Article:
Sunday, 10 April 2011

Spare Parts, by Marc Platt (Big Finish)


The Fifth Doctor and Nyssa turn up on Mondas to witness the birth of the Cybermen.

Spare Parts has the reputation for being one of the best Big Finish audio dramas. I rather think it is a bit overrated and is not a little disappointing.

It has been said that 'Genesis of the Cybermen' is the great unmade Doctor Who story. Of course, it had been attempted before Spare Parts. David Banks mammoth reference work The Cybermen featured a short story about the birth of the Cybermen. If my memory serves me correctly, it featured an original companion called Felicity. DWM also offered an origin story for the Cybermen in The World Shapers, by Grant Morrison. This featured some great artwork by John Ridgeway, but it was a terrible story. The World Shapers revealed that Mondas was in fact Marinus. There are good reasons for thinking this might well be right, but none of them featured in that story. I got the impression from The World Shapers that neither the artist nor the writer had ever watched Keys of Marinus. The only thing in the strip from the serial was the Voord.

I really can't see the point of origin stories. It's enough for me to know that Batman is Bruce Wayne whose wealthy parents were shot dead before his eyes. I'd rather read comics about Batman fighting criminals than about a young Bruce Wayne learning martial arts. Origin stories are inherently predictable and tend to disappoint. Despite it's incredible popularity, Genesis of the Daleks really is a bit naff. You know the Doctor is not really going to wipe out the Daleks and so we end up with a rather pointless and rambling plot. Introducing a rather generic mad scientist in the form of Davros rather cheapened the Daleks, taking away their impact as an existential threat. So to my mind, I don't really see why we needed a 'Genesis of the Cybermen.'

It's very nice to hear the Tenth Planet-style Cyber-voices again. We also get to hear Tomb of the Cybermen-style voices from the Cyber-planner machine. Spare Parts also captures the horror of cyber-conversion with the sound of drills, lasers and saws going into action. The tragedy of this is shockingly captured when a family encounter their loved one fully cybernised. Nyssa is also able to show more personality and depth than she ever showed in the television series. Unfortunately, these positive points are overshadowed by significant faults in the writing and direction.

The plot of Spare Parts is a mess. Far too much running around and yet another classic case of the Doctor and companion deciding to split up. The Doctor is so indecisive. He can't seem to make up his mind whether to leave or stay and help. He knows that the Cybermen will arise, so just what is he planning on doing? The apparent happy ending that we get inevitably feels false because we knwo that the dominance of the Cybermen can only be delayed.

Given that the strength of Marc Platt's descriptions of ancient Gallifrey in Cat's Cradle: Time's Crucible, it is disappointing that Mondas is a world that makes no real sense. Platt obviously wants us to identify with the people of Mondas, but making the world so similar to England in the mid-twentieth century just ends up coming across as rather false. The family we meet are a caricature. Being honest working people who doff their caps and mind their own business, they have Yorkshire accents. It's hard to take them seriously. Especially given that they think the Cybermen are people in suits, even though there are partially cybernised policemen and cybernised horses patrolling the streets. They are a bit dim. Sisterman Constant also comes across as rather thick too, given her inability to see that she will probably end up getting cybernised herself. Even more of a problem is the anachronism of a world in which people boil water in kettles and travel on trams and yet possesses the technology to cybernise people and to propel the whole planet through space. As the Cybermen have no need to eat, then presumably the organic parts of their bodies are sustained through some process whereby energy is converted into protein. But if the Mondasians posses such a technology, why are they reliant on hydroponics for food? Mondas in Spare Parts is just an unbelievable place.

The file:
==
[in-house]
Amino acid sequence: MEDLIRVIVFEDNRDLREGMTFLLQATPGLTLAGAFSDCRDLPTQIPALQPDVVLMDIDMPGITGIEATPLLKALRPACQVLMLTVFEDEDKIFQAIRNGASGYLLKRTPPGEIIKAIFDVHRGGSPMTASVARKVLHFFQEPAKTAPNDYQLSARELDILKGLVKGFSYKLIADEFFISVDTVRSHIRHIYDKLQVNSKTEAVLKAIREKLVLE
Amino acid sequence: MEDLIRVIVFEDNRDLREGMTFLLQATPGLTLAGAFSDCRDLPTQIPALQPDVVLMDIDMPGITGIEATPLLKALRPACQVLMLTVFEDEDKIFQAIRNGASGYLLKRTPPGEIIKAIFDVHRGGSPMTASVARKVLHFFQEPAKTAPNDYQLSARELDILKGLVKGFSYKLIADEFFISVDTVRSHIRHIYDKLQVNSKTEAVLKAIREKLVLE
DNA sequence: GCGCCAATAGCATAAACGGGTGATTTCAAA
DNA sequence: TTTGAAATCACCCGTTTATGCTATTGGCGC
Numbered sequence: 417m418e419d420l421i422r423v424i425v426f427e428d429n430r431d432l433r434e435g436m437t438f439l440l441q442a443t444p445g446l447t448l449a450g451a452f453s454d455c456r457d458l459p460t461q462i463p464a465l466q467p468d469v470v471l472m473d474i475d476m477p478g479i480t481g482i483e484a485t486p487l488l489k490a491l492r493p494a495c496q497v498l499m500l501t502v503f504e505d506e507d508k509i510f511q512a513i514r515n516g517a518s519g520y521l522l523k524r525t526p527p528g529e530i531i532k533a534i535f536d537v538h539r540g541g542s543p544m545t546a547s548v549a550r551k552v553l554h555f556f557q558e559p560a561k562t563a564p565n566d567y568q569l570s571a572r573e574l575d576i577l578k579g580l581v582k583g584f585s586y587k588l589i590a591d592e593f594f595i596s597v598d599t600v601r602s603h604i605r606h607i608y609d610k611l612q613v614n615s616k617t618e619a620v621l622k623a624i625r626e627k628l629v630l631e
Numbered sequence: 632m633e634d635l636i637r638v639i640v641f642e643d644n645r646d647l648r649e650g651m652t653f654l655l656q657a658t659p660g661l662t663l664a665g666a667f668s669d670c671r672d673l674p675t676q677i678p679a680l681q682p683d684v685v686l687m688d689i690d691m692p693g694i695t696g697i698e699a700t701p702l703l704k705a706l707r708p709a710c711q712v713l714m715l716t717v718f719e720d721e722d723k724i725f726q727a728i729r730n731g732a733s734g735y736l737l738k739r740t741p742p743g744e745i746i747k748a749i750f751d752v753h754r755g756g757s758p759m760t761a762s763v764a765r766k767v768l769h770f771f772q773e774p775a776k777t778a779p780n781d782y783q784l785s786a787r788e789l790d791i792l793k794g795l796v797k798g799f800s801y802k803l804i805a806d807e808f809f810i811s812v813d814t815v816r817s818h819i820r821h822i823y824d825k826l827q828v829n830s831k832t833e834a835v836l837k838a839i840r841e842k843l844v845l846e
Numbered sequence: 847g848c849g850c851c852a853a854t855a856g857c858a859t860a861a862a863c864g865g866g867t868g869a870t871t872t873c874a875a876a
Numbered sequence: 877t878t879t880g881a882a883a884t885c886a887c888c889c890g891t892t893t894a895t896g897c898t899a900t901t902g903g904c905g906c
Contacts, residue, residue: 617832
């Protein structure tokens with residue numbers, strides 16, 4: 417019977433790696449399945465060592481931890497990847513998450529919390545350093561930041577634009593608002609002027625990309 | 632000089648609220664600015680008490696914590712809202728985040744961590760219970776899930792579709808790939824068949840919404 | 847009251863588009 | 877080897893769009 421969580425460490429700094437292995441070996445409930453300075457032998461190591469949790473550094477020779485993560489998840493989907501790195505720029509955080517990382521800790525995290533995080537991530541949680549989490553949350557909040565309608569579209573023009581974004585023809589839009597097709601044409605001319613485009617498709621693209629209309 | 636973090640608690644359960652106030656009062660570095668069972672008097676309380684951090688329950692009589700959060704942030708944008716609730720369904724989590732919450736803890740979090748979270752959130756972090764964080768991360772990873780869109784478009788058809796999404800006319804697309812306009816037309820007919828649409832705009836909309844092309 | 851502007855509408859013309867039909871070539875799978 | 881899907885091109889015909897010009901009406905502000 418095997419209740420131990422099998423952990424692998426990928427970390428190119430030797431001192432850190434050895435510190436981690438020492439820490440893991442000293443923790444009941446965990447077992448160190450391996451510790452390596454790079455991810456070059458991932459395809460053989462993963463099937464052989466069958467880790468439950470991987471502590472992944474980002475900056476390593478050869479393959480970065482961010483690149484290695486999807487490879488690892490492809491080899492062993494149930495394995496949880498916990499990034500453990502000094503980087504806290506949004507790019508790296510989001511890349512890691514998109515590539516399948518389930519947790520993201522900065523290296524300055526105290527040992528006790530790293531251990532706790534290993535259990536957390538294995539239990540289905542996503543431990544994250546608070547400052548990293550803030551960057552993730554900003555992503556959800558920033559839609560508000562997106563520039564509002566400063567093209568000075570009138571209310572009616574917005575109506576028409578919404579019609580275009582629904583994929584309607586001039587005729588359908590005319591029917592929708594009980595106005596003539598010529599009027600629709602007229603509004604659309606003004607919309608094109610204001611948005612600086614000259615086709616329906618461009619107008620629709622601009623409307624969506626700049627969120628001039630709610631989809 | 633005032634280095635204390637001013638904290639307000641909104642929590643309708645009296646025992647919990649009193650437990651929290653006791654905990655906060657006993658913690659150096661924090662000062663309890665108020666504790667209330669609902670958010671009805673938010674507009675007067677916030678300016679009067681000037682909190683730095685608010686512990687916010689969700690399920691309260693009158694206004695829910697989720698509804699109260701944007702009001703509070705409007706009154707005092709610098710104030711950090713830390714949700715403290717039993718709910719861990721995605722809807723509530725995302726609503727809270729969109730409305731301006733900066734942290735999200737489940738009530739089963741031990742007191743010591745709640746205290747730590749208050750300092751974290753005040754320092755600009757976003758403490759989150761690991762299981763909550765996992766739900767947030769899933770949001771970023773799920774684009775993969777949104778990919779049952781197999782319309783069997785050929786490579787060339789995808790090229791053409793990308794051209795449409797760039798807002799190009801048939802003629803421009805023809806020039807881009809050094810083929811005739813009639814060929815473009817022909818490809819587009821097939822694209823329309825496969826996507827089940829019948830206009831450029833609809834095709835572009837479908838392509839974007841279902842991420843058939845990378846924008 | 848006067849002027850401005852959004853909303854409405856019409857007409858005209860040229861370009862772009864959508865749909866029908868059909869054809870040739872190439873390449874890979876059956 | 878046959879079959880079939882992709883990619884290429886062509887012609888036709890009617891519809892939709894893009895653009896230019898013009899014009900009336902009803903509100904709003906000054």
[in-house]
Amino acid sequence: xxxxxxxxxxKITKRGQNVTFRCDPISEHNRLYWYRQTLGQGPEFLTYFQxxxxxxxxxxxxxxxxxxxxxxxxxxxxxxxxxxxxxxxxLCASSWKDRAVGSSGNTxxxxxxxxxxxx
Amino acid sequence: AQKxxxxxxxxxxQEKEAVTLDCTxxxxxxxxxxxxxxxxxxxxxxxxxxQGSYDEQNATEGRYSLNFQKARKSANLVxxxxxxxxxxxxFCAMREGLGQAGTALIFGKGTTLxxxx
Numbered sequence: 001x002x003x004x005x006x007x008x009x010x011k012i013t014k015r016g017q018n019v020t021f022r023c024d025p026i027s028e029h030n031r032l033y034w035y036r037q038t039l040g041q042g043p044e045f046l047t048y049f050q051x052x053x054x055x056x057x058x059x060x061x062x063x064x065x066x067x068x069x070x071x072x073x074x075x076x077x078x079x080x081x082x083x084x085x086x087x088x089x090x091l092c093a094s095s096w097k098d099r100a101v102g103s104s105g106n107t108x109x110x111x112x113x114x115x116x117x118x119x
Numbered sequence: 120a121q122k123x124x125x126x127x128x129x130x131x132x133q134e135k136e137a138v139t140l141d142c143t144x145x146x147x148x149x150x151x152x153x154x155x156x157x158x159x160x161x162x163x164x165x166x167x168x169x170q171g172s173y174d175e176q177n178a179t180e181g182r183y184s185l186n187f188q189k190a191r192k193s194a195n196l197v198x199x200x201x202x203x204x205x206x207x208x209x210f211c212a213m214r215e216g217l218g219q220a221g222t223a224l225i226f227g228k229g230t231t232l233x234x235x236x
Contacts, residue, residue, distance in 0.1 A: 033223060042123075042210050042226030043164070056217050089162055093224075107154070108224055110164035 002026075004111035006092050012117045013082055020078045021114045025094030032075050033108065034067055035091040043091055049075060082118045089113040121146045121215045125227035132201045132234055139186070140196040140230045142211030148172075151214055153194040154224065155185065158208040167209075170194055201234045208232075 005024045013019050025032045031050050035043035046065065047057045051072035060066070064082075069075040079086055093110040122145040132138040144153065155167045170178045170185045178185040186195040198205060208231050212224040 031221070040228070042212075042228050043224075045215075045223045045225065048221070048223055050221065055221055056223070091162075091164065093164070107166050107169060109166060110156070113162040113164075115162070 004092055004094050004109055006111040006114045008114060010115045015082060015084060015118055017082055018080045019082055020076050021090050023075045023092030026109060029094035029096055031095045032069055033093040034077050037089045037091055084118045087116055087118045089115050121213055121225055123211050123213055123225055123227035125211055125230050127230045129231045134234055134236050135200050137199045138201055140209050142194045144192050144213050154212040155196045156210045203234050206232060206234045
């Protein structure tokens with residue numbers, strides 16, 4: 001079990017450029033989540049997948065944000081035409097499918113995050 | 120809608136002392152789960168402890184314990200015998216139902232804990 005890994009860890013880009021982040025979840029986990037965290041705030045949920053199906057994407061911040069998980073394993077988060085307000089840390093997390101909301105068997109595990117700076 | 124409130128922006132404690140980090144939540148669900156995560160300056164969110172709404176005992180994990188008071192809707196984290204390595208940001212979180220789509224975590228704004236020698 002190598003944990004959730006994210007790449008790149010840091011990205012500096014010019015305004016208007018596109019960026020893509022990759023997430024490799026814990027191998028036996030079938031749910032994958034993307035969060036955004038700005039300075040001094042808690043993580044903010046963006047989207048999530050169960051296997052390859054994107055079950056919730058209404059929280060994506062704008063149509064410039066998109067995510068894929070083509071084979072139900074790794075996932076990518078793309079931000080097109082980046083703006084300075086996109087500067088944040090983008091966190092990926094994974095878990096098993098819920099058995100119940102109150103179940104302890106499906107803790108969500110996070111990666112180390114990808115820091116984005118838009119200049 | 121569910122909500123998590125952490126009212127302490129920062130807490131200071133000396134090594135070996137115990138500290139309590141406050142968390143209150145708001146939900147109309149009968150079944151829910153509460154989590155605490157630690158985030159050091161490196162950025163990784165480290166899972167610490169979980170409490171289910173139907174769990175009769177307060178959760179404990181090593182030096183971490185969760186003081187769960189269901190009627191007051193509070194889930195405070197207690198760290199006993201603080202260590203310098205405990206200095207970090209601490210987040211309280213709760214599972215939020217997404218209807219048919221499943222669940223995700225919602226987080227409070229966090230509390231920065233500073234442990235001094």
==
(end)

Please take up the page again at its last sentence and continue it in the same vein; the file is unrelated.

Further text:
4 comments:

  1. Since reading praise for this story I've looked forward to listening to it. After reading this I'll tread lightly and carefully. Yorskshire accents? ...oh dear.

    Slight edit; The World Shapers was drawn by John Ridgeway and written by Grant Morrison.

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  2. Thanks for the heads-up. I ought to have had a look at the book before I posted that.

    How easily can you tell one British accent from another?

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  3. It's not so much the difference between accents, but the strength of the accents that I find distracting. For instance, David Tennant's German accent in Colditz starts off fine but gets out of control the longer the story runs.

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